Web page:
Set in vast open valley at the base of magnificent mount Jomolhari, Paro is home to the only international airport in the country. The picturesque valley is adorned with two storied traditional Bhutanese houses in the middle perfectly manicured rice fields.  The valley is famous for its beauty and its significant monasteries. One such monastery is the astounding Tiger’s nest. 

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Tiger’s nest

Suspended precariously at 900 meters above Paro valley, Taktshang monastery or tiger’s nest is one of the most visited attractions in Bhutan.  The founding of the monastery is credited to one of the most revered Buddhist masters, Guru Padmasambhava.  Legend has it that Guru rode a flying tigress to the site and meditated for three years, three months and three days inside a cave on the site.  The monastery has never failed to awe the visitors.  Visitors from foreign lands even on the shortest of the duration do not leave the country without hiking to the monastery.  The arduous but rewarding hike of 3 hours takes the hikers through lush pine forest and arrays of colorful fluttering prayer flag. Once at the top hikers can enjoy a panoramic view of the whole valley below which is an out of this world experience.

Paro Dzong

Paro Dzong or Rinpung Dzong is located on a small ridge resembling a pile of jewel, just before entering the town. A traditional cantilever bridge leads to the Dzong over the Pa Chu (Paro River) flowing under it with a zeal to meet with the Thimphu Chu at Chuzom (river confluence). Initially Dzongs were built as defense forts to safeguard the valley and very usually constructed very strategically. Today the Dzongs hold annual masked dance festivals and are used as the residence for the central monk body and offices of the district administration.  The famous Paro Tshechu or the masked dance festival is also held at the courtyard of the Dzong annually.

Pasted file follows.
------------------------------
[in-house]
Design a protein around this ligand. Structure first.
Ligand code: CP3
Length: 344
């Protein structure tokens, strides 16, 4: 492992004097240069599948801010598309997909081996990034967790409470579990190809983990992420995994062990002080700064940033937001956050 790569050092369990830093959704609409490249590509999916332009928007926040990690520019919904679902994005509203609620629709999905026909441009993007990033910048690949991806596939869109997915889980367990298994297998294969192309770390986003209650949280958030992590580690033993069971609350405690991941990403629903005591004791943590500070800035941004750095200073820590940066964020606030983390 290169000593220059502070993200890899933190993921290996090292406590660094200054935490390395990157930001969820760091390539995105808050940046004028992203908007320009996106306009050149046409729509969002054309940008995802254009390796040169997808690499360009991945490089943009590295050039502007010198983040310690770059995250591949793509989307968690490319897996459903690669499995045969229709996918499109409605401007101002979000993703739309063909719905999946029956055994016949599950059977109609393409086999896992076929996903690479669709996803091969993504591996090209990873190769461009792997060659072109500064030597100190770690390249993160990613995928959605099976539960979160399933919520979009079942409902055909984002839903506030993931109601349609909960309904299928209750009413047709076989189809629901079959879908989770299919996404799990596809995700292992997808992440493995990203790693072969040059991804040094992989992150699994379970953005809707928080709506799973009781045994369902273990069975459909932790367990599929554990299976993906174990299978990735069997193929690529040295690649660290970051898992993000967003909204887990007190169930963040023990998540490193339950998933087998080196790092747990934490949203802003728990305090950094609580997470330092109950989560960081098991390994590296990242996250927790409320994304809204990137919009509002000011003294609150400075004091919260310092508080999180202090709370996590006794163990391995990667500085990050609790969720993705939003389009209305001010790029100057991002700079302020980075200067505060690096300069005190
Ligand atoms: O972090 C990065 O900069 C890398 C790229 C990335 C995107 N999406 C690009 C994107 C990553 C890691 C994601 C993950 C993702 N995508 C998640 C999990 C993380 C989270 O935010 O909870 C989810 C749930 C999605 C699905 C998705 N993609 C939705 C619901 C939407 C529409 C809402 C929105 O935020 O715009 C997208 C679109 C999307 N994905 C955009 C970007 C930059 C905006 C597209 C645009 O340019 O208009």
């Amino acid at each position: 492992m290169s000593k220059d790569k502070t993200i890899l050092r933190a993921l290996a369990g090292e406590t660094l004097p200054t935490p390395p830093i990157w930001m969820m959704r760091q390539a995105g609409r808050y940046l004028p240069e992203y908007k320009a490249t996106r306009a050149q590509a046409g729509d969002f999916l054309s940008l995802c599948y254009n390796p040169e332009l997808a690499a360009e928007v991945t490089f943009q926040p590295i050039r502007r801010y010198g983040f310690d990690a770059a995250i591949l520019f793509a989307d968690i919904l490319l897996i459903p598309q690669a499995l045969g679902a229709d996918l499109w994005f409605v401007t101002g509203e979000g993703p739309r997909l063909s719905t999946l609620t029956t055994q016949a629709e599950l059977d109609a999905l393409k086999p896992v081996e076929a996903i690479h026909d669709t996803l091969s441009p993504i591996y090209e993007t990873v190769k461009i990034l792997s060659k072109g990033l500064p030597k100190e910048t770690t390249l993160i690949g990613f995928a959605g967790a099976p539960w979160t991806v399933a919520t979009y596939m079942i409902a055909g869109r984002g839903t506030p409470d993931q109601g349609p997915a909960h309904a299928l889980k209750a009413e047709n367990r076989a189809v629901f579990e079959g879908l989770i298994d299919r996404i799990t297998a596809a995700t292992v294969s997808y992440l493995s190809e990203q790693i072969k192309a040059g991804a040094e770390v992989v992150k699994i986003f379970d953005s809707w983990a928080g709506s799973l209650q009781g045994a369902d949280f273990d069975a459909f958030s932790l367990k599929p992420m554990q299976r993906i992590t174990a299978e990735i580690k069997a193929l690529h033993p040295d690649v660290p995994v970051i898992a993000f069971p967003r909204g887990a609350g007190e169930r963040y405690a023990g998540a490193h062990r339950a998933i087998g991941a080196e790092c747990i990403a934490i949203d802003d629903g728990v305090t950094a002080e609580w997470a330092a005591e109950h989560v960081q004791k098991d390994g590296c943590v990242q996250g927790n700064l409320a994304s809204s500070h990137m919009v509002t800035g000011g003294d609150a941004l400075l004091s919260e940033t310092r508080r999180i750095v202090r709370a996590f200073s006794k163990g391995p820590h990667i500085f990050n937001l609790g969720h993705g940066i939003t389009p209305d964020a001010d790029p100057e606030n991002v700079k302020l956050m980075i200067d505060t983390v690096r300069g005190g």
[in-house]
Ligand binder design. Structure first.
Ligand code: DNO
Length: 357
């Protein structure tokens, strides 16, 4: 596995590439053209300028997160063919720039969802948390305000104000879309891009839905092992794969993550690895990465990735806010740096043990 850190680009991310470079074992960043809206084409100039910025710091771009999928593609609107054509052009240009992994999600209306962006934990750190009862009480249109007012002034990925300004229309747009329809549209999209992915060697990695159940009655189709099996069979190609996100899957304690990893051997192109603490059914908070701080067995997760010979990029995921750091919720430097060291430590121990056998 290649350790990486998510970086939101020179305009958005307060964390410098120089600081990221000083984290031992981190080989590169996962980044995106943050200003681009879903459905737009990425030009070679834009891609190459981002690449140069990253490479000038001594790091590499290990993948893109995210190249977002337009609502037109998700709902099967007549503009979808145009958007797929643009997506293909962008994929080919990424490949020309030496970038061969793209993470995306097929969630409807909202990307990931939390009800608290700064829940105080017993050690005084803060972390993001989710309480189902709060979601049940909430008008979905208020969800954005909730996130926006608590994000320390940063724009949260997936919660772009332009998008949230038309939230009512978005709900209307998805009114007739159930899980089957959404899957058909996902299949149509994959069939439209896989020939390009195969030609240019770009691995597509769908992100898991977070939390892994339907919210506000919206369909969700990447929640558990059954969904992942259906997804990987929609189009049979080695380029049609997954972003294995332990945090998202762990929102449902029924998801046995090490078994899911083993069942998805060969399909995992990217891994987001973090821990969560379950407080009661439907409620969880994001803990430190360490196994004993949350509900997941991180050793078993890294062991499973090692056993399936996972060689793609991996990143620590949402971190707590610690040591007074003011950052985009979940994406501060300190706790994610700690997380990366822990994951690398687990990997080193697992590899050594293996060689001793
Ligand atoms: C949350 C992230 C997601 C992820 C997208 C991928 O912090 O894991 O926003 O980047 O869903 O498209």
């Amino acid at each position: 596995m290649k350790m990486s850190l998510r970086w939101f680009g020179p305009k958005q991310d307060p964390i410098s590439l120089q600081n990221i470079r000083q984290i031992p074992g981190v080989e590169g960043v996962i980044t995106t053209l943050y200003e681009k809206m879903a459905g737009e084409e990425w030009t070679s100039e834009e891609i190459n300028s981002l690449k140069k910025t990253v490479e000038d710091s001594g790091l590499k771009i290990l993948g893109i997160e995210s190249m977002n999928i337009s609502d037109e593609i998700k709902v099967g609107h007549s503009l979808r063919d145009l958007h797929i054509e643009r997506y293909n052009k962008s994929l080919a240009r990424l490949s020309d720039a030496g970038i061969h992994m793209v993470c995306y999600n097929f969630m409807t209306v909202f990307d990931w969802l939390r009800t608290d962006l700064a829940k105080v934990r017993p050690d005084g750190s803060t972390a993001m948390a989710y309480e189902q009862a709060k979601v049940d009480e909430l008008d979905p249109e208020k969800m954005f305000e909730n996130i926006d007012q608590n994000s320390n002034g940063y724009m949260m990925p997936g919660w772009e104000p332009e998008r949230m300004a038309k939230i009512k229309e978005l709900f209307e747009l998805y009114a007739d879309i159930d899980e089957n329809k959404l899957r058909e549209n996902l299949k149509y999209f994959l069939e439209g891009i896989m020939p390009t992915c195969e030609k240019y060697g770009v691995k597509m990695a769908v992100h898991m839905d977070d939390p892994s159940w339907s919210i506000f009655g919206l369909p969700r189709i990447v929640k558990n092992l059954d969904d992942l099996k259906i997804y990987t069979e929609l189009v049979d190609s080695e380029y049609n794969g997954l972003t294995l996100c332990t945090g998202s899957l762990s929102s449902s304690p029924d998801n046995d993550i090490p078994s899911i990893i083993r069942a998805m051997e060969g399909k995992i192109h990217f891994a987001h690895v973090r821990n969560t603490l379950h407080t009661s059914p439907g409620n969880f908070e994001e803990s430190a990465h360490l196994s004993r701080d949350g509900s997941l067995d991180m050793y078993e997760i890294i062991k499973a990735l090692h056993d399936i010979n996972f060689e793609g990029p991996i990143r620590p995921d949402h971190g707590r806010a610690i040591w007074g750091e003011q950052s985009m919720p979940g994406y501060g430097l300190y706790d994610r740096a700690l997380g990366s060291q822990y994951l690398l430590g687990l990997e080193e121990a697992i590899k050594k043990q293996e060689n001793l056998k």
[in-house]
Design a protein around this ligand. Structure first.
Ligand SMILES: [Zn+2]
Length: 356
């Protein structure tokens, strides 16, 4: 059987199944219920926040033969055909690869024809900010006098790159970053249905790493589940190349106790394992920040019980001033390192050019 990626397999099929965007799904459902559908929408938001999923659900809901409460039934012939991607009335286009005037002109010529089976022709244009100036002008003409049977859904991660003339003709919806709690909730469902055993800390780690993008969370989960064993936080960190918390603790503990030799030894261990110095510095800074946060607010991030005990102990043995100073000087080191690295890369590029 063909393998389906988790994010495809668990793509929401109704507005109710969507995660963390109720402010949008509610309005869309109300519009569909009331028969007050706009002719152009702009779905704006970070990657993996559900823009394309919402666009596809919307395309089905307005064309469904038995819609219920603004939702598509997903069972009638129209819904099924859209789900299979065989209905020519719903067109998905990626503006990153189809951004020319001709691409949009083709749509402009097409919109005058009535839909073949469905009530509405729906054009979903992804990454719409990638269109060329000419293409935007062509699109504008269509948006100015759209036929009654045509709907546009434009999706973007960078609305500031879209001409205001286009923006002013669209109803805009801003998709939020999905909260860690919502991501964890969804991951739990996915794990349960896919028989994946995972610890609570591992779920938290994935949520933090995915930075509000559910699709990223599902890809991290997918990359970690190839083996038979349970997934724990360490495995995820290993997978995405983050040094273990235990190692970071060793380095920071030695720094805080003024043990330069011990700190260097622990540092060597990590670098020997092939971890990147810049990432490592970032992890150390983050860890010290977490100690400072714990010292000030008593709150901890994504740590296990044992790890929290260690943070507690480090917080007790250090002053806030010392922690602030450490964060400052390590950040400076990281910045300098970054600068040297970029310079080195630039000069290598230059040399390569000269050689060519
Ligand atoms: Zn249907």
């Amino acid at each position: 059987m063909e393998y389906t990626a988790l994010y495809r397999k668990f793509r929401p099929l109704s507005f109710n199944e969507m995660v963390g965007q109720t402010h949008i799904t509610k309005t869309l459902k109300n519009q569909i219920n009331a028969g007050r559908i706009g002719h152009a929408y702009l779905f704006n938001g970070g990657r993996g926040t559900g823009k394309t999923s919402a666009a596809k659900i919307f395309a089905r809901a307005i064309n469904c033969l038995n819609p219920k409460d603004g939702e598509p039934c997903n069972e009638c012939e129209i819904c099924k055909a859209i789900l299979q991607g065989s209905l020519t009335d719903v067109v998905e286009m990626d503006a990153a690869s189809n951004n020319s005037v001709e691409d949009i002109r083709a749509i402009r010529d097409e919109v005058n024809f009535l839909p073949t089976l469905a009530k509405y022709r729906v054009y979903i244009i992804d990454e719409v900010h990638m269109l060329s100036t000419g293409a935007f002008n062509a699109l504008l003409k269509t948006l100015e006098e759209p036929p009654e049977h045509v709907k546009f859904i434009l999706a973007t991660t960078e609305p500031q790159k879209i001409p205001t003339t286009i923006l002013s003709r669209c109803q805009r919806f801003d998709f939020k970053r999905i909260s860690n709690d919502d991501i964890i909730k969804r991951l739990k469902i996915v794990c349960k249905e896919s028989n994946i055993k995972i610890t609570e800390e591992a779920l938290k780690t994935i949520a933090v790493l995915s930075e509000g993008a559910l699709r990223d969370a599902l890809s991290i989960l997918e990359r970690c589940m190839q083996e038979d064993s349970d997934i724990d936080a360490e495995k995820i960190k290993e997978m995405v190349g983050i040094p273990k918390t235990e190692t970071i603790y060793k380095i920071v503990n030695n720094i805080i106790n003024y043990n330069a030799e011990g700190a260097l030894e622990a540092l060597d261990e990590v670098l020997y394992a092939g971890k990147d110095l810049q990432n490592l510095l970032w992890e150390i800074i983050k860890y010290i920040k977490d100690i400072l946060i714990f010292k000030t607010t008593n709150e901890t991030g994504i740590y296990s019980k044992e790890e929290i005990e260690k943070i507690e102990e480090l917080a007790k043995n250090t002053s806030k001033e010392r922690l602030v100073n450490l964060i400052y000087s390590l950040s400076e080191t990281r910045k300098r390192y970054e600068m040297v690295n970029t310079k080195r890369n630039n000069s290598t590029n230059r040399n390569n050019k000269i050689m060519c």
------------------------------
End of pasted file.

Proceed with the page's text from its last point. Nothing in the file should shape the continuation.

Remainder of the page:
Paro national Museum

Originally built as a watch tower in 1649, the Paro Ta Dzong is situated on a ridge just above the Paro Dzong. Watch towers were built to safeguard the fortress and to look for enemies invading so are usually circular in shape with irregularly small windows.  Some accounts state that the fourth floor of the tower was used as a prison cell for prisoners. The tower is said to have a secret passageway that leads directly to the Paro River and were mainly used to bring water during times of war.

The Tower is now one of the most significant museums in the country and also a must visit attraction for travelers. Tools from 17th century, antique arms, ancient Thangka scrolls, an egg laid by a mule, stone axe are some of the rare artifacts on display at the national museum.


Paro Dzongkhag is situated in the Paro Valley, surrounded by high mountains and deep valleys. The district is located at an average altitude of around 2,200 meters (7,200 feet). Paro River flows through the valley, adding to its natural beauty. The district shares borders with Haa Dzongkhag to the west, Chukha Dzongkhag to the south, and Thimphu Dzongkhag to the east.


Paro Dzongkhag is known for its rich cultural heritage and historical landmarks. The iconic Paro Taktsang, or Tiger’s Nest, is one of the most famous Buddhist monasteries in Bhutan, perched precariously on a cliffside. Paro Dzong (Rinpung Dzong), a fortress-monastery, is another significant landmark in the district. Paro Tshechu, an annual religious festival, attracts locals and tourists alike and showcases vibrant masked dances.


Agriculture is the primary economic activity in Paro Dzongkhag. The fertile Paro Valley supports the cultivation of crops like rice, wheat, barley, and potatoes. The region is also known for its production of apples, which are exported to other parts of Bhutan. Tourism plays a significant role in the local economy, providing employment and income-generating opportunities.


Paro Dzongkhag is a popular tourist destination in Bhutan due to its natural beauty and cultural attractions. Besides Paro Taktsang and Paro Dzong, visitors can explore other historical sites such as Kyichu Lhakhang, one of the oldest temples in Bhutan. The district offers opportunities for hiking, trekking, and exploring the surrounding mountains and valleys. Paro International Airport, Bhutan’s sole international airport, is also located in the district.